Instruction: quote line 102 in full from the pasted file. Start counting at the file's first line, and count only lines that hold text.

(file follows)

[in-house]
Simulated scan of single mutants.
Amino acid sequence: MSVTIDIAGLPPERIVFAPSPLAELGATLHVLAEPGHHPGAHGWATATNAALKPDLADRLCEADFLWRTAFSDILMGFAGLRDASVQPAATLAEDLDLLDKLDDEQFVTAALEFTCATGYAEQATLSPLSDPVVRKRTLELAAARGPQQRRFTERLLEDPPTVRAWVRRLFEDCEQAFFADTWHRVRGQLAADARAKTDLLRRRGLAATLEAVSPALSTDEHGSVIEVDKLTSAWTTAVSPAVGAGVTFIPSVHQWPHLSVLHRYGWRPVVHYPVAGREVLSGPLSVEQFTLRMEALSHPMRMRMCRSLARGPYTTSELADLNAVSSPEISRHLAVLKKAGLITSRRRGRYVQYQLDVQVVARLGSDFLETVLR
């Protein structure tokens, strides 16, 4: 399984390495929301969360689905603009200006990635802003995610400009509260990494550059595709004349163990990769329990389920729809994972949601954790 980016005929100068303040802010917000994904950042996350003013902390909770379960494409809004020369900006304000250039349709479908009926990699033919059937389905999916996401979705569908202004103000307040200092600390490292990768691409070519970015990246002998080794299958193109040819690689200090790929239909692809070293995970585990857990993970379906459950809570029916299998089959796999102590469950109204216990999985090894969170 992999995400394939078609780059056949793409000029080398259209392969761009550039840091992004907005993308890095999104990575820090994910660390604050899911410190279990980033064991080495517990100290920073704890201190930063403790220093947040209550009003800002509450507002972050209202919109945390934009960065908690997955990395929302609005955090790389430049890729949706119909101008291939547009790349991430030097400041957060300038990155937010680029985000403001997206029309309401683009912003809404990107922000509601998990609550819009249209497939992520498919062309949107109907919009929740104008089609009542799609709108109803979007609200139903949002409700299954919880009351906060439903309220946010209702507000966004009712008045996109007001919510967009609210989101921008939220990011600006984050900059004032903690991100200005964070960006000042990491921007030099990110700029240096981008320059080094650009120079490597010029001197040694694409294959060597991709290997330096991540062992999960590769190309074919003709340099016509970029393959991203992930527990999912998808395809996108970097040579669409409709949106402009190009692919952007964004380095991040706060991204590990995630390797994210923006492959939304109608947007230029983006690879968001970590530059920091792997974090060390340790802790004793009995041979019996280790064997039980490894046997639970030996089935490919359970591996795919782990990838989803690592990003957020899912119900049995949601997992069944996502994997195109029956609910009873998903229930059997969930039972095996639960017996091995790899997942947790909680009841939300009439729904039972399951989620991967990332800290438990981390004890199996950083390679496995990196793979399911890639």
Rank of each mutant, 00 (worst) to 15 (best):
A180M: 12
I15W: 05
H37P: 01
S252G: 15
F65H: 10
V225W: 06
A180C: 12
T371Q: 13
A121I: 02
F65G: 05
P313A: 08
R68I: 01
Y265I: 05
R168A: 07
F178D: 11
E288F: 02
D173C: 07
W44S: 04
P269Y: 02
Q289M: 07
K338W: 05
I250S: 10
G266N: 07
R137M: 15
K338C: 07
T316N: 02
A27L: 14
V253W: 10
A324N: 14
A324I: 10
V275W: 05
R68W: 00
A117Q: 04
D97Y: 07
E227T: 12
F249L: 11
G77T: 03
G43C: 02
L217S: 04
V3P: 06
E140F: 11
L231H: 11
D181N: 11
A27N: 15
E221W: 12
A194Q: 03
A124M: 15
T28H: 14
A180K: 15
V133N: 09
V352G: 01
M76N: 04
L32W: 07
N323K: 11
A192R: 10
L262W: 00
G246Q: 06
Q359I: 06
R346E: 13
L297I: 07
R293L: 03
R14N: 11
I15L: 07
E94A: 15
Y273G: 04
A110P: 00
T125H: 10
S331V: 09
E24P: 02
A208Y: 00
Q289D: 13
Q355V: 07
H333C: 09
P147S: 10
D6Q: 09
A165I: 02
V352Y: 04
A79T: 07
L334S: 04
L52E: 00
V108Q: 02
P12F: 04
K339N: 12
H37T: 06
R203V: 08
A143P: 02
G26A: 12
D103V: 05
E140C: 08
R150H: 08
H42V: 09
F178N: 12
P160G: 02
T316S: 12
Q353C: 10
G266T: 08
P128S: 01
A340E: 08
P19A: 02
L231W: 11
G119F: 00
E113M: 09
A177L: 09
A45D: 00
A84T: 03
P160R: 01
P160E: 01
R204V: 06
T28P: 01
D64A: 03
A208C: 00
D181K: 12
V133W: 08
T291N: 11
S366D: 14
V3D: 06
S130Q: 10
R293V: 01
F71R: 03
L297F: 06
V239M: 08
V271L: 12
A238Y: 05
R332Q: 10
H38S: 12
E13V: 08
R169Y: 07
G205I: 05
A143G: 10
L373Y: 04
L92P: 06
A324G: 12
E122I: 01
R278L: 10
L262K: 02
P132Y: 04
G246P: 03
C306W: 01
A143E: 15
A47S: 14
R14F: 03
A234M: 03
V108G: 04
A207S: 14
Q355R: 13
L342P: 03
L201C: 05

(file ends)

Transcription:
P128S: 01